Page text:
The Edmonton Oilers have always had pretty good luck with goalies.
Bill Ranford, Grant Fuhr, Andy Moog, Curtis Joseph, so on and so forth. Following in the footsteps of fan-favorite Jospeh (known as CuJo), Tommy Salo looked like he might not only surpass his predecessor but join the ranks of the elite for the Oilers.
The 118th overall pick in 1993, Salo played in the Swedish Elitserien League as well as the International Hockey League over the next few years with brief appearances with the Islanders sprinkled in.
By the 1996/97 season, Salo grabbed hold of the starting job on Long Island for some bad Islanders teams, holding onto that gig until he was sent to the Oilers before the 1998/99 season for Mats Lindgren and an 8th round pick.
Taking over for the popular CuJo, now departed to take the starting role in hockey-mad Toronto, Salo would have an excellent season in 1999/00 despite his record (27-28-13). He would make his first NHL All-Star game in 2000.
His stellar play would continue over the next two years, posting a 36-25-12 record the next year and followed that up with a 30-28-10 record (with a pretty good 2.22 GAA and .920 save perctange) in 2001/02.
Unfortunately for Salo, things changed for the worse. Representing Sweden in the 2002 Olympics, Salo and the Swedes were favorites to take gold. After finishing first in the round robin, Sweden met up with Belarus in the quarterfinals. Belarus defender Vladimir Kopat would up from 65 feet away and let a shot fly towards the Sweden net. What should have been a routine stop for Salo wound up being an embarrassing goal. Sweden would go on to lose and Salo would be made scapegoat in one of the biggest upsets in international hockey history.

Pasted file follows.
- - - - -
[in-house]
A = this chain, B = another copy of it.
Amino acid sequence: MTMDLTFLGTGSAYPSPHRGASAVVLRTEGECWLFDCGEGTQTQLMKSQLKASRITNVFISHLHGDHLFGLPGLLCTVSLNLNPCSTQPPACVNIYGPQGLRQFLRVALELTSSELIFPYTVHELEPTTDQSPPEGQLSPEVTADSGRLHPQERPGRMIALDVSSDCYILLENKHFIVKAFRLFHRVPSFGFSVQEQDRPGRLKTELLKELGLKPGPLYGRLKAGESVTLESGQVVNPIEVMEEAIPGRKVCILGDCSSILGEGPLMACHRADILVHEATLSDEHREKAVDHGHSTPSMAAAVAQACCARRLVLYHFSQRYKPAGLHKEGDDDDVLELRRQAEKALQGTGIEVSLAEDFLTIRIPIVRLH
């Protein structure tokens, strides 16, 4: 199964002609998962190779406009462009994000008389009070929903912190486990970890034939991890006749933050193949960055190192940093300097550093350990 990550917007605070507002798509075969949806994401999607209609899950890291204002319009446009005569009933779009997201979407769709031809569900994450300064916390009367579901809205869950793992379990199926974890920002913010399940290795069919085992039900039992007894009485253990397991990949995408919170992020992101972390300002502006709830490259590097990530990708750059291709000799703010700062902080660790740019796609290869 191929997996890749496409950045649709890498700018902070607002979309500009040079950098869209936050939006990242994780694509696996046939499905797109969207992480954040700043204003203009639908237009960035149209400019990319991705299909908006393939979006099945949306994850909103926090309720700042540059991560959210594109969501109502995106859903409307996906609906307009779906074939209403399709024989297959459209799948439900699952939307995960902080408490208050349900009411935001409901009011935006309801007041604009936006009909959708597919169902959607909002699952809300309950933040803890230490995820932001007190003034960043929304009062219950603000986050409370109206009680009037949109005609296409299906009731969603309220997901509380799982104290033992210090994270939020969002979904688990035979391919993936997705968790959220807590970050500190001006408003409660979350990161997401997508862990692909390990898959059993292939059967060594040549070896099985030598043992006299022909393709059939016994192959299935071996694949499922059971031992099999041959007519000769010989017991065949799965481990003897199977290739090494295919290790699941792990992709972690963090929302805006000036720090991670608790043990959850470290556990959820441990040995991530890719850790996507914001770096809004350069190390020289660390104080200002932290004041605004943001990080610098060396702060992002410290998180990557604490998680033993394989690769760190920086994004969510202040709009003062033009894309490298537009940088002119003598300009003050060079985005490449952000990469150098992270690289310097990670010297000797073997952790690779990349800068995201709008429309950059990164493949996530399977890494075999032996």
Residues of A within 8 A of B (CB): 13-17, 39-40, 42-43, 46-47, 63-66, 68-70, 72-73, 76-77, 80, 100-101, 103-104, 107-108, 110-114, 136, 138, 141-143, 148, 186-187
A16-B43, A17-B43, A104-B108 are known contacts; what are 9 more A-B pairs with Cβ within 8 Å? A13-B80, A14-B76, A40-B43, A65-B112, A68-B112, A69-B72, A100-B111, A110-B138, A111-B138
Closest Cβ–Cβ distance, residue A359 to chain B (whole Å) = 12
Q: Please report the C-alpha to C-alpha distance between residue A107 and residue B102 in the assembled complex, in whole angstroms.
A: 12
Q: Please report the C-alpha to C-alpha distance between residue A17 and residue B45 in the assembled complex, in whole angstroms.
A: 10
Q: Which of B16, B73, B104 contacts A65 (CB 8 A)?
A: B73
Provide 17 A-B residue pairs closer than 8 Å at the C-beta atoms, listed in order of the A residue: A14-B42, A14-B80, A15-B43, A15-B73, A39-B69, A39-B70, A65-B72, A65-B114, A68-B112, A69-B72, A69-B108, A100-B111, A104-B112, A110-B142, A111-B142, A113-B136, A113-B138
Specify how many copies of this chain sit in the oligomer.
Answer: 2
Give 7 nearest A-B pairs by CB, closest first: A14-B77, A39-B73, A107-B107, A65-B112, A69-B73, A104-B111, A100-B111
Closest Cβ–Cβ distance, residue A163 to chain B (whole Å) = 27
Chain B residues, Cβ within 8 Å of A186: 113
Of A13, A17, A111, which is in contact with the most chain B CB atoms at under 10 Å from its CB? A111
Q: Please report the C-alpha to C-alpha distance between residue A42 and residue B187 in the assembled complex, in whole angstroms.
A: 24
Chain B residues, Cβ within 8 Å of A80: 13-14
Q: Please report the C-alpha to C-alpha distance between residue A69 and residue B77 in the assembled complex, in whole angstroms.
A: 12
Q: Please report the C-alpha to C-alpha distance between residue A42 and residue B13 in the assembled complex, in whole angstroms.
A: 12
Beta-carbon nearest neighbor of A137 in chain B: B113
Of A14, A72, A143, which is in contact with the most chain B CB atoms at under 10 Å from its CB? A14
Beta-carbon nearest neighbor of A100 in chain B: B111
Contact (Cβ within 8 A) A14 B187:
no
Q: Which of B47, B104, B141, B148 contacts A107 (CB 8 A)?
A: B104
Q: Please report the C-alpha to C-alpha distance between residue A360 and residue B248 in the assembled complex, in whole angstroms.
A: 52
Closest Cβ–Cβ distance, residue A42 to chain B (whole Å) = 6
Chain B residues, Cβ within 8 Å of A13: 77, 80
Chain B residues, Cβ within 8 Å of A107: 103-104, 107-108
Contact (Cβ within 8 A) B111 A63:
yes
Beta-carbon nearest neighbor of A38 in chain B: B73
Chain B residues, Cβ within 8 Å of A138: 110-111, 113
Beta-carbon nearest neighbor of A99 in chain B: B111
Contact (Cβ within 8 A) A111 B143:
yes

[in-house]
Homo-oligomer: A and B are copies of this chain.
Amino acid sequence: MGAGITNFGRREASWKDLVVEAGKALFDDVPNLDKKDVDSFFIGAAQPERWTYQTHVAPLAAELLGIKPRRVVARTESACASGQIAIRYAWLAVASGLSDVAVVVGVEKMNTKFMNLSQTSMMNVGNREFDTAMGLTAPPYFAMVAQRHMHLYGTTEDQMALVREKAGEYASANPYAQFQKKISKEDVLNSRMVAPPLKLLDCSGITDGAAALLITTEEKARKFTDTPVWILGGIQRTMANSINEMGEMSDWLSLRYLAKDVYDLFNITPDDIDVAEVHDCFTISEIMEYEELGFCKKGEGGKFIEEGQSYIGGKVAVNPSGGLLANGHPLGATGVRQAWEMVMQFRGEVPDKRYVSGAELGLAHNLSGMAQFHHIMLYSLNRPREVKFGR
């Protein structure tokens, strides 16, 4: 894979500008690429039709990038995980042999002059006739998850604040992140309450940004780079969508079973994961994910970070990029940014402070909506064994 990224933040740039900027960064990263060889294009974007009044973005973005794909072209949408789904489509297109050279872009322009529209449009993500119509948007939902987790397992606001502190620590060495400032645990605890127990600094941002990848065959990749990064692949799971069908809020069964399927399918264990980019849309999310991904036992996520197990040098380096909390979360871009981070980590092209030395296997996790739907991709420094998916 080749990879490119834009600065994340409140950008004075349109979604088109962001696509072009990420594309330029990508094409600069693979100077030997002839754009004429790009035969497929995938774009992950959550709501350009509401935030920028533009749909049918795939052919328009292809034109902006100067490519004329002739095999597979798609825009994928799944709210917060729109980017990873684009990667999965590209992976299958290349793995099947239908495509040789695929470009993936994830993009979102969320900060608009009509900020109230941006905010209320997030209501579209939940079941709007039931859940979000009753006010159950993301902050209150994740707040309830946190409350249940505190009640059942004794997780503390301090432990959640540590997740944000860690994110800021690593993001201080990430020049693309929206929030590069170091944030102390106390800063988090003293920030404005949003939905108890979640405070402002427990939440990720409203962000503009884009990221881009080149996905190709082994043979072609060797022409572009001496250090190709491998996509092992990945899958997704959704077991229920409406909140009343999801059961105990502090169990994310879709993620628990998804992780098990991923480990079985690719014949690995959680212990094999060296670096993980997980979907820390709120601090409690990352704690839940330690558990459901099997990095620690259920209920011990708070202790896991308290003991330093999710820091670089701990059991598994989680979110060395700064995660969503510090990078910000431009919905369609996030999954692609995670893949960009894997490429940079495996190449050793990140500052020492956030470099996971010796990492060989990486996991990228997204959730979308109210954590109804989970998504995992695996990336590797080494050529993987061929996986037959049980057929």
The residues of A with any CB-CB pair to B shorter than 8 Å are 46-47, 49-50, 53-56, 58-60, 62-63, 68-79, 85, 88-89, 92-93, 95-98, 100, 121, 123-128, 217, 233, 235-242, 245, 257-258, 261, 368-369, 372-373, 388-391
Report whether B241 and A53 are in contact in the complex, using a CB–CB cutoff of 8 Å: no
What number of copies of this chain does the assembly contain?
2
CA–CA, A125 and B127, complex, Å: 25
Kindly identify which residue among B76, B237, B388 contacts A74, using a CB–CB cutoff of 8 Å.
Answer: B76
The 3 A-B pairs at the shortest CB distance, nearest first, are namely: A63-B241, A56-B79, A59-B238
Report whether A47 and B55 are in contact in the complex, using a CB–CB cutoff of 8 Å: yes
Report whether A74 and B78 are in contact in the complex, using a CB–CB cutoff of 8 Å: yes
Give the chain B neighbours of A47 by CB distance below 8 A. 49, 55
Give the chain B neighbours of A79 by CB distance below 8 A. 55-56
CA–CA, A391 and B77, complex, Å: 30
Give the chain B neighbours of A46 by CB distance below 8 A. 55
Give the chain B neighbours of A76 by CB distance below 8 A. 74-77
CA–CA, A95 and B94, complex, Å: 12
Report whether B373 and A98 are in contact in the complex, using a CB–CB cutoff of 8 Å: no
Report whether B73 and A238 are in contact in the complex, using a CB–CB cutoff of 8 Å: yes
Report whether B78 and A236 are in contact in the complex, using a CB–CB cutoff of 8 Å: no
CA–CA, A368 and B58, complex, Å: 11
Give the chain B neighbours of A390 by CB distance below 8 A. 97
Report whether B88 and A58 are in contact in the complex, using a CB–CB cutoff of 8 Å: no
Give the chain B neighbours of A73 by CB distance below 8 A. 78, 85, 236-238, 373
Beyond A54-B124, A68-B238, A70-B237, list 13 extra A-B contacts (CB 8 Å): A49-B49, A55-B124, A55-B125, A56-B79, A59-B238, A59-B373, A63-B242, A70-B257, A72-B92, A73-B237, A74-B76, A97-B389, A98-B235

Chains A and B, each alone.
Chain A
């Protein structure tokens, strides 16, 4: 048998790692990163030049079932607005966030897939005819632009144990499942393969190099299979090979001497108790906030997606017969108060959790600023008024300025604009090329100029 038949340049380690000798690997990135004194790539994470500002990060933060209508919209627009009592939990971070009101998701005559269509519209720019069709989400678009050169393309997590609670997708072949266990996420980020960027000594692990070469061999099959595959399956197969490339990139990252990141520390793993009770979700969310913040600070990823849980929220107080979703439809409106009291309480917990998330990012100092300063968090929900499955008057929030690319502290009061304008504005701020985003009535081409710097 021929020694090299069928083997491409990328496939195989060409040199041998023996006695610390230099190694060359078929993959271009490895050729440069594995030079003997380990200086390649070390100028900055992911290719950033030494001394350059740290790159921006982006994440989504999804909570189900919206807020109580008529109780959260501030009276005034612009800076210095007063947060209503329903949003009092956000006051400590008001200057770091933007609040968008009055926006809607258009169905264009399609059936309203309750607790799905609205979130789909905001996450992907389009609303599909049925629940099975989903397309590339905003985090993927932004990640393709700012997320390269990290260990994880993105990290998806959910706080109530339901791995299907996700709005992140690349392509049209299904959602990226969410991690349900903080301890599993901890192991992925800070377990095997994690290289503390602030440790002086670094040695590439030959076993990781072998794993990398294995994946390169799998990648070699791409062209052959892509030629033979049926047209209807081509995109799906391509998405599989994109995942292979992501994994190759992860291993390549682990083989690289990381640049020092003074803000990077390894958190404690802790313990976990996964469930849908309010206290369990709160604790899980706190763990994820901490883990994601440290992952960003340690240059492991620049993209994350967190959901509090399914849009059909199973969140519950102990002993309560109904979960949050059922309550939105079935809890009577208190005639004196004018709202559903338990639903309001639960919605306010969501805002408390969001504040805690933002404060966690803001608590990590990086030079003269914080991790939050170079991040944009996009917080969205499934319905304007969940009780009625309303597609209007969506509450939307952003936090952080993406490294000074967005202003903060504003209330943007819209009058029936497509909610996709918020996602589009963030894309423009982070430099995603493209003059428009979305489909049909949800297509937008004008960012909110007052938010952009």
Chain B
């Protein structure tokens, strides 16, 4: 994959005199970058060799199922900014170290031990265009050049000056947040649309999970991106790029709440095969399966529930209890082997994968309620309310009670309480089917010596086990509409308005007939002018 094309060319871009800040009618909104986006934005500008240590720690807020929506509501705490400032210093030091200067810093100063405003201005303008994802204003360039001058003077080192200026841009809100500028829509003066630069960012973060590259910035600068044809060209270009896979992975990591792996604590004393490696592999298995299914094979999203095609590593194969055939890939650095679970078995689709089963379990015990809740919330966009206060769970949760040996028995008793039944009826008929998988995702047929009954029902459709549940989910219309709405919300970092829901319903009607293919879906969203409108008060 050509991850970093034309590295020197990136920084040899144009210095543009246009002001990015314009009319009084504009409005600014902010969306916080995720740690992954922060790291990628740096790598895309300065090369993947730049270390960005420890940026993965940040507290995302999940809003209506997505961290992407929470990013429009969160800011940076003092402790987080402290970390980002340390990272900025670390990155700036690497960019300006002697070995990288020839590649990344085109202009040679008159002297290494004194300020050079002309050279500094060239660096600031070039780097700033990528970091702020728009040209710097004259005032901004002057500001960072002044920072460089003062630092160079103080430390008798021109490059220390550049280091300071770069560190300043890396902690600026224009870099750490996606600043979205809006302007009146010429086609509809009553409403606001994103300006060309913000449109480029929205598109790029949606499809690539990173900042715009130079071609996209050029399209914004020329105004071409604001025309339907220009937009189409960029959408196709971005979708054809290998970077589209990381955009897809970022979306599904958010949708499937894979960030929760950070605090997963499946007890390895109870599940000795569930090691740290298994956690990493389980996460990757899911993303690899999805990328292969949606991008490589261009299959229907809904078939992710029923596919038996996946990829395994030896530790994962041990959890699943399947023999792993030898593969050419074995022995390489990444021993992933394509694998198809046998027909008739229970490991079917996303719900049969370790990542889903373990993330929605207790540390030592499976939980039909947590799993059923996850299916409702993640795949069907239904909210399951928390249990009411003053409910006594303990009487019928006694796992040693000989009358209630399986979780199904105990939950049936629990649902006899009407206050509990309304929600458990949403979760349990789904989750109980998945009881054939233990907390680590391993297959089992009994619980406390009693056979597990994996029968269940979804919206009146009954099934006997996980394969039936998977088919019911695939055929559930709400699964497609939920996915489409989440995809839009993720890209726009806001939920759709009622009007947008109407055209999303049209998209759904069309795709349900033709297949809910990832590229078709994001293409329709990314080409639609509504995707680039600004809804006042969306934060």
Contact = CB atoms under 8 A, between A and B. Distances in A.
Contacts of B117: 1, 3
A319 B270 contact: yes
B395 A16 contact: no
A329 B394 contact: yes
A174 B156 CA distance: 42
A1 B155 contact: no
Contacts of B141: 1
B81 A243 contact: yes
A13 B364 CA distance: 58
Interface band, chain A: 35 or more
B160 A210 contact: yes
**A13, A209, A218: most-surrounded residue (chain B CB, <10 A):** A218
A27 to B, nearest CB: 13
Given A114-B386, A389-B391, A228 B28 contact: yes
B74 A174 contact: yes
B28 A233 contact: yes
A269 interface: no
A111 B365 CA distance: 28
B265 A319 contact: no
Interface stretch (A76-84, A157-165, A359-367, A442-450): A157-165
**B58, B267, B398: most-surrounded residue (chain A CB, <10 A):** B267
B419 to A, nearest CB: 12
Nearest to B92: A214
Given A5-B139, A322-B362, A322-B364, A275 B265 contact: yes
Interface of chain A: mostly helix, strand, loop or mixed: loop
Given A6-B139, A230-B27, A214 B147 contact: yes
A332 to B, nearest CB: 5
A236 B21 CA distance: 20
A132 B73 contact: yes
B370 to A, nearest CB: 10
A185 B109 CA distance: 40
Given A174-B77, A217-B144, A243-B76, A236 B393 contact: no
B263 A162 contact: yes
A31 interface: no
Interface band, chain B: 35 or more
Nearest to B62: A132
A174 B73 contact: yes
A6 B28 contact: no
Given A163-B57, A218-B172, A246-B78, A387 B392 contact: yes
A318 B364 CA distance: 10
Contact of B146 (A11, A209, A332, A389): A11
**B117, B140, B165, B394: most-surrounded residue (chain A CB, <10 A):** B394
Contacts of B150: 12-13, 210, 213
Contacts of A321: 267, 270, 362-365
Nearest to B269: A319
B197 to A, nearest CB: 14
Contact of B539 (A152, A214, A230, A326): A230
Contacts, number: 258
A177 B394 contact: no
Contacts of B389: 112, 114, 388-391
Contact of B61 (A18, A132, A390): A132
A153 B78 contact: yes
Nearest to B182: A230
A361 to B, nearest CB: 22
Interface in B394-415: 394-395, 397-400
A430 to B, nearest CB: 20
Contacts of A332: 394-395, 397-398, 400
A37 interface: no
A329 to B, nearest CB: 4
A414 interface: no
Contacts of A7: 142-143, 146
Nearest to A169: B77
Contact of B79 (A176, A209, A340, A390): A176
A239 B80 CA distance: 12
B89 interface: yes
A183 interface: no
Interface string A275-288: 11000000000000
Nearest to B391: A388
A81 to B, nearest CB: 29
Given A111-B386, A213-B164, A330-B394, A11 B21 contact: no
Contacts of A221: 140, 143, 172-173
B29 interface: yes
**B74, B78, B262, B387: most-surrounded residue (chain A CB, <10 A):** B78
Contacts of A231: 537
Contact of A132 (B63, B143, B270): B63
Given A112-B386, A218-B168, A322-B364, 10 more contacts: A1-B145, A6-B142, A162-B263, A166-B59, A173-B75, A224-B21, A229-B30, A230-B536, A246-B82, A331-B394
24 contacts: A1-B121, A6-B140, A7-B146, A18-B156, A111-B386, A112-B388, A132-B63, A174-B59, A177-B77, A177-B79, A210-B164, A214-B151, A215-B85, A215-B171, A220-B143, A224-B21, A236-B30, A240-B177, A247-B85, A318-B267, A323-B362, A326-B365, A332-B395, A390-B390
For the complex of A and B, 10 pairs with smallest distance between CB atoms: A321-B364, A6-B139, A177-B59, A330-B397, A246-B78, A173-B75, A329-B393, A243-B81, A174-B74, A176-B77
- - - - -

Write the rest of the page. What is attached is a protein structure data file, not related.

From that point on, Salo didn’t seem the same. His play noticeably slipped and his stats worsened. He fell from a career-best goals against average in 2001/02 to a 2.71 average and a career-worst .899 save percentage (though he and the Oilers managed to make the playoffs).
Salo would continue to struggle well into the 2003/04 season, going 17-18-6 with a slightly less miserable 2.58 GAA and a miserabl .896 save percentage before being moved to Colorado for Tom Gilbert. Just five games with the Avalanche and Salo was done in North America.
After two years with Frolunda HC back in the SEL, he retired to take on a coaching position and, later, a general manager gig with Leksands IF.
Though his career flamed out shortly after an embarrassing gaff, Tommy Salo nearly became the next great goaltender of the Edmonton Oilers. A pair of All-Star appearances and a few solid seasons playing behind bad Oilers teams masked just how well he truly played.
For what was and might have been, Tommy Salo is one of the greatest Edmonton Oilers of all-time.
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